• Called Ascend WV, the program offers $12,000 cash and other benefits to workers who relocate.
  • Some major companies, like Twitter and Ford, have already said employees may work from home forever.
  • See more stories on Insider’s business page.

West Virginia is hoping to lure remote workers to the Mountain State with the promise of $12,000 and a year’s worth of free outdoor activities.

The state tourism office on Tuesday announced a new program called Ascend WV aimed enticing those who work from home to move to West Virginia. Ascend WV will provide relocation packages to incoming residents, starting with 50 slots for those interested in moving to Morgantown, home to West Virginia University. The program will eventually expand to more cities across the state.

The relocation package includes:

  • $12,000 cash
  • A year of free outdoor recreation including whitewater rafting, rock climbing, ziplining, ATV-ing, golfing, and skiing
  • Over $1,200 worth of free outdoor gear rentals
  • Free access to coworking spaces
  • Professional advancement through WVU, including access to the business school’s “entrepreneurship ecosystem” and the ability to obtain remote work certifications
  • Networking events with state business leaders
  • Social events to help incoming residents meet new people

Those who move will receive $10,000 paid in monthly installments for the first year and the additional $2,000 if they stay for a second year.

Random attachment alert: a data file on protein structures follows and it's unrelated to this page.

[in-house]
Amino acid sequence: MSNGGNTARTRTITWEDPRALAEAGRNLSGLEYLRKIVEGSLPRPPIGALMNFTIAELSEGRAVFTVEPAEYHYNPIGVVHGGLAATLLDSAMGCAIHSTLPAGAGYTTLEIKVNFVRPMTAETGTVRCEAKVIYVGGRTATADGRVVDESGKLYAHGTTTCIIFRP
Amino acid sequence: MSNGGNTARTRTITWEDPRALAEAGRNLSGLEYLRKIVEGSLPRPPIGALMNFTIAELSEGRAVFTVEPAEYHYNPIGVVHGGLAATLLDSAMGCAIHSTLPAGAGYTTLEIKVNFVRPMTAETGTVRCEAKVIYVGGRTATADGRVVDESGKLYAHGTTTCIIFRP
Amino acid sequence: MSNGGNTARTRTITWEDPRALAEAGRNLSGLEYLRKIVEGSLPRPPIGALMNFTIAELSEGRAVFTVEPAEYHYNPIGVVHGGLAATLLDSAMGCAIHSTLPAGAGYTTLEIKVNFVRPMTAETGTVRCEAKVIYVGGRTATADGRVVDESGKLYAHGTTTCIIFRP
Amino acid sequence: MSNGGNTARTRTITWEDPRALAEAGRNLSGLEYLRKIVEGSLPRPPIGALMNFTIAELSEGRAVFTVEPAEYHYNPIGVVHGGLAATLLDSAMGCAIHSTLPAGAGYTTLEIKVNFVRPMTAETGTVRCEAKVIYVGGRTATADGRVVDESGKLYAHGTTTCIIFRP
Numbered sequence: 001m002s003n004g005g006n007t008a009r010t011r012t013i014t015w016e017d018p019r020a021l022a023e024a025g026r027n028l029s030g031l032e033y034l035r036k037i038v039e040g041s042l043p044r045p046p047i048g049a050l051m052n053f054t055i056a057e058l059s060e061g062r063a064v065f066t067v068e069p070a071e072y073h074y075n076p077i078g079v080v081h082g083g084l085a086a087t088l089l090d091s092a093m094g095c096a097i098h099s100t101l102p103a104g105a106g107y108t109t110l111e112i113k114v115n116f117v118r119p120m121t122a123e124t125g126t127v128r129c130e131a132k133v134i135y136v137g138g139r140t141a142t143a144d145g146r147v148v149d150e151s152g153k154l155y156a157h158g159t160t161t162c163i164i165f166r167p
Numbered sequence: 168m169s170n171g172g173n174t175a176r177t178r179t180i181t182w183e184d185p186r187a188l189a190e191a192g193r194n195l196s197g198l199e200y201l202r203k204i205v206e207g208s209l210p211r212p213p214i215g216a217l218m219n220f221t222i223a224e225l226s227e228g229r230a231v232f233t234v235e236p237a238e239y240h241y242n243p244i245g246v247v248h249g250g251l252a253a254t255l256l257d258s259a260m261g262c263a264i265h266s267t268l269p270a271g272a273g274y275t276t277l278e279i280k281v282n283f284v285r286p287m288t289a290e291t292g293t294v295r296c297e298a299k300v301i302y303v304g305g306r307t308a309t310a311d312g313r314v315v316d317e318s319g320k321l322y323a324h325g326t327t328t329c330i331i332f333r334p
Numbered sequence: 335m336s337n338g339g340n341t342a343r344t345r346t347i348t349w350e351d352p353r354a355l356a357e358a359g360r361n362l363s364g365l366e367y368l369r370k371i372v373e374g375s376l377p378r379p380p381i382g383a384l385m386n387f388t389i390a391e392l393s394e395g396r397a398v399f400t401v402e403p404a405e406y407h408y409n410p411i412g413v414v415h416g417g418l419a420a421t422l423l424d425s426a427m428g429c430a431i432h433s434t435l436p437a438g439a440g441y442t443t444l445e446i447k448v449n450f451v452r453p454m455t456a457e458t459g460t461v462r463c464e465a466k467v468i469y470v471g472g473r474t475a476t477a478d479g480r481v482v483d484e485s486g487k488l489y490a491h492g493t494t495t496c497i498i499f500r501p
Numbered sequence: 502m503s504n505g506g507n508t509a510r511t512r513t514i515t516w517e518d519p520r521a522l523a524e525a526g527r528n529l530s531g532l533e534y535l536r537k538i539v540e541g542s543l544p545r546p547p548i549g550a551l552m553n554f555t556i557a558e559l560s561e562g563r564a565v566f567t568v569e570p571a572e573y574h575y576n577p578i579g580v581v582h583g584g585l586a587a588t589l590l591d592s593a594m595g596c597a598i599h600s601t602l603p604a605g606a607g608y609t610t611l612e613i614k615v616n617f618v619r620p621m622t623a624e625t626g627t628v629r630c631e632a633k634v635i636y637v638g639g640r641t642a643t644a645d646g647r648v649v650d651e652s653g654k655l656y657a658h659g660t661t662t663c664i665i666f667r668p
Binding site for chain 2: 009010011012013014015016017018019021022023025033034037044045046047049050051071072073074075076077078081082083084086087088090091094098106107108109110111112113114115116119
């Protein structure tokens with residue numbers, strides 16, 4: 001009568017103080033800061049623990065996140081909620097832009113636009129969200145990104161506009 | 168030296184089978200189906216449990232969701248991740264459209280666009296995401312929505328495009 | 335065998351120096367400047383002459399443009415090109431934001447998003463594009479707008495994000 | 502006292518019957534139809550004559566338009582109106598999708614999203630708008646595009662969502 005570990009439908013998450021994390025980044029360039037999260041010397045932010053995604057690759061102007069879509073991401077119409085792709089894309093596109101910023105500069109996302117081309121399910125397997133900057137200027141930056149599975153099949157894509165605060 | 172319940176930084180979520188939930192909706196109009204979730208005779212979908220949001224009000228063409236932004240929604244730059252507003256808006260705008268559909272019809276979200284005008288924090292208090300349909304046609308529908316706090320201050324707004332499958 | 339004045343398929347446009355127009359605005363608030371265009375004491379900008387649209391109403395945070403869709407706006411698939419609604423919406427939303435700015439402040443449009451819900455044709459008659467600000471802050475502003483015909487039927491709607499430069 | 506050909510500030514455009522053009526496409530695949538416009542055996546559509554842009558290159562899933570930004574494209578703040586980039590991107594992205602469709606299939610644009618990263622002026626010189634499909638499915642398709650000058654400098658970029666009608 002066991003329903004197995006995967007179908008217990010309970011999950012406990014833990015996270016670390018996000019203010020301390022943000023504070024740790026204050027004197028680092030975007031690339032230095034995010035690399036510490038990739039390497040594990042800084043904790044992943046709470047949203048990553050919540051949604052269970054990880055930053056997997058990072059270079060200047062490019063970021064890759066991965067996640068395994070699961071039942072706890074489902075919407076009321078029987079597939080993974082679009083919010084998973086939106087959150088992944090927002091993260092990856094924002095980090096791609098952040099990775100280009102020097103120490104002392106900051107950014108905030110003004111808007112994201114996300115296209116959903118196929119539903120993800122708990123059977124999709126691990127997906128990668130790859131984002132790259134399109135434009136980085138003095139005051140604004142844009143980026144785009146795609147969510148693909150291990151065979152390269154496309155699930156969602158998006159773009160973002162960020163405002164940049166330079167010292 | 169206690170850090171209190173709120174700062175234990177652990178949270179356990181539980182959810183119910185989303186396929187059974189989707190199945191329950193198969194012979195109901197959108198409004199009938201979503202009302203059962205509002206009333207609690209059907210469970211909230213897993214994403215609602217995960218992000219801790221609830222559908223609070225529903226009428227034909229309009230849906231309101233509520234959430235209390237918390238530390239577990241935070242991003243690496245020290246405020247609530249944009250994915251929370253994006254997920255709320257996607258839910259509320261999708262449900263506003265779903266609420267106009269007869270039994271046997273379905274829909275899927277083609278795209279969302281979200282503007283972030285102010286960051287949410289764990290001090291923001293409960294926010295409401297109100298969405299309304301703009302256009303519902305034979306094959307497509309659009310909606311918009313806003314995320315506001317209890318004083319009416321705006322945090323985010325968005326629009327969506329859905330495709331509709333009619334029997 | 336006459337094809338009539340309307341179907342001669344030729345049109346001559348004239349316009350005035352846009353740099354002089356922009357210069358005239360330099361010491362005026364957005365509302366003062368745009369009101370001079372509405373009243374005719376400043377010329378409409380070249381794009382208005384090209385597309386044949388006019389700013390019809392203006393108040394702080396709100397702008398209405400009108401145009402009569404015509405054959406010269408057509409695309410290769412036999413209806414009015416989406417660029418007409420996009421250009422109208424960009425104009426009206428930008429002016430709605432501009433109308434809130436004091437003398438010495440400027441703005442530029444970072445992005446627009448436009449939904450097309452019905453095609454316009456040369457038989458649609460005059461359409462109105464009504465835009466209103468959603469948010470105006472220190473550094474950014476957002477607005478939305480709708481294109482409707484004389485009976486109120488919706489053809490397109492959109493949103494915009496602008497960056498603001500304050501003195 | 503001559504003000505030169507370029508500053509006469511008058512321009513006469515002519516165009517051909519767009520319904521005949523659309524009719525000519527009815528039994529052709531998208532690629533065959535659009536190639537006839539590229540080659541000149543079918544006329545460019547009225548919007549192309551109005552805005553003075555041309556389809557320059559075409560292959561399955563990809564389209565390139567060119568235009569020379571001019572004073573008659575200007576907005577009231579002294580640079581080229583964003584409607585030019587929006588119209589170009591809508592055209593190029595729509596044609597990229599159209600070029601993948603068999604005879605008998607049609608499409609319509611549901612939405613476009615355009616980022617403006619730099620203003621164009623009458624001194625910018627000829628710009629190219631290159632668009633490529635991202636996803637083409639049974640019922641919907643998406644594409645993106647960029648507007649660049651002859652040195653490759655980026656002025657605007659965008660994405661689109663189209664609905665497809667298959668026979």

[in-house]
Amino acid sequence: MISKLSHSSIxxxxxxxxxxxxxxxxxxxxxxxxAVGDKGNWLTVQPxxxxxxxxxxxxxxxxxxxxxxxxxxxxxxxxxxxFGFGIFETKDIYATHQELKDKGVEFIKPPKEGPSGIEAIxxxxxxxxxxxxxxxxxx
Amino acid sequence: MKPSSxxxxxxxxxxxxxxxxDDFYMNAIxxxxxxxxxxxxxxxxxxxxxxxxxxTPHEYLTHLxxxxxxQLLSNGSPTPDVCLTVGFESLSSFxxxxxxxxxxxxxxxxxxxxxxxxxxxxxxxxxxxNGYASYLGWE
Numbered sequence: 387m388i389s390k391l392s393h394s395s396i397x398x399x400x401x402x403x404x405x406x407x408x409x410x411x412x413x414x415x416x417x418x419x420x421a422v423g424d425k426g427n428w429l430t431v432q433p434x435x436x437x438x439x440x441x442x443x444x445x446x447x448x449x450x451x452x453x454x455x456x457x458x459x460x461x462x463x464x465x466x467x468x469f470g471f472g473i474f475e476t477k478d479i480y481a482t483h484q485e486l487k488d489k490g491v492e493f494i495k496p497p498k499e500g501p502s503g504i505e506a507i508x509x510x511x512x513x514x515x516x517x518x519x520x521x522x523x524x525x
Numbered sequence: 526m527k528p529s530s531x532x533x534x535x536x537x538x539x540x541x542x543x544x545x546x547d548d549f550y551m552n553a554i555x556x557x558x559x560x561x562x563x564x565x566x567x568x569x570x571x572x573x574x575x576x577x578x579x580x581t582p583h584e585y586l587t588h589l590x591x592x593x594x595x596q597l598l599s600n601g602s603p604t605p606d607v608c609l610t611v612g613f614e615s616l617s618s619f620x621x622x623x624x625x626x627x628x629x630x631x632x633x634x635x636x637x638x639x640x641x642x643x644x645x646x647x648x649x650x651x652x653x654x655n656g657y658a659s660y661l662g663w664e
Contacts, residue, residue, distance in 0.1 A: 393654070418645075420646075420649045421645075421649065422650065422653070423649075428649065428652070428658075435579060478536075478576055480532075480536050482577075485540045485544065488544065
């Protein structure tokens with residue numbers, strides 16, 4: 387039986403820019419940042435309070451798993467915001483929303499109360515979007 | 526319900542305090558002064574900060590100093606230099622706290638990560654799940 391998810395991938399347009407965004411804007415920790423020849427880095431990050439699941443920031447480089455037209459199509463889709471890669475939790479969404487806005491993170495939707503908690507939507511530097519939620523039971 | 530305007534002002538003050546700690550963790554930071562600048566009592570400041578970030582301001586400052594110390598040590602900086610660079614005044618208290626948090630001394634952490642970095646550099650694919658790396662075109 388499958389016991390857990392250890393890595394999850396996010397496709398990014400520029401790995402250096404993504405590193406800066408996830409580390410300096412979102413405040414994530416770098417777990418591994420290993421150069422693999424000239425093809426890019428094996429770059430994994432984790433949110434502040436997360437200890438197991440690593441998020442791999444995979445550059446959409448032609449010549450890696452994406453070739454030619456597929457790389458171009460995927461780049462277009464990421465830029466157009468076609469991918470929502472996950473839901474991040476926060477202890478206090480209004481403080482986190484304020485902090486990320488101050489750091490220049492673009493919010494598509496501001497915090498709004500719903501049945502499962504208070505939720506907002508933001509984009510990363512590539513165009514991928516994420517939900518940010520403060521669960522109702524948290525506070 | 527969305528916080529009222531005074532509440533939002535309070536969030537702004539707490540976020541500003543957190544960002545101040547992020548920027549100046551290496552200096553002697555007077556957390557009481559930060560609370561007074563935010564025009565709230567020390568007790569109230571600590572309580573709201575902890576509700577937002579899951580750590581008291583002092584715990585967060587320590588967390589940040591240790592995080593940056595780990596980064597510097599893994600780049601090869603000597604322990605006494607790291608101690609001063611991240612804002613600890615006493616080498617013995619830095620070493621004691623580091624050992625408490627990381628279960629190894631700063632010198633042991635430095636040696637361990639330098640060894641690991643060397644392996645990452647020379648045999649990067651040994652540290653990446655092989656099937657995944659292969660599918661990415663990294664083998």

Read more: If you want to ask your boss to let you work from home forever, use this script

The program is funded by a $25 million donation from Intuit executive chairman Brad D. Smith and his wife, Alys, to the Smith Outdoor Economic Development Collaborative at WVU. The organization partnered with West Virginia’s department of tourism and department of economic development to create the program in six months.

Smith is a West Virginia native and said in a statement that he hopes the program will allow West Virginia to “capitalize on national workforce trends” by leveraging the state’s access to outdoor pursuits.

West Virginia is one of a handful of states hoping to entice remote workers amid the coronavirus pandemic. Late last year, Tulsa, Oklahoma, announced a similar program that grants workers $10,000 to relocate to the city. And earlier this year, Miami Mayor Francis Suarez partnered with Softbank Capital to invest $100 million in making the city friendlier to tech startups hoping to relocate.

The efforts come as many major companies are reconsidering the future of work post-pandemic. Companies like Ford, Twitter, Dropbox, and Slack have said employees may work from home 100% of the time. Others, including Facebook, Microsoft, and Salesforce have announced policies that allow for some of their employees to work remotely while others will come into the office at least part of the time.

Read the original article on Business Insider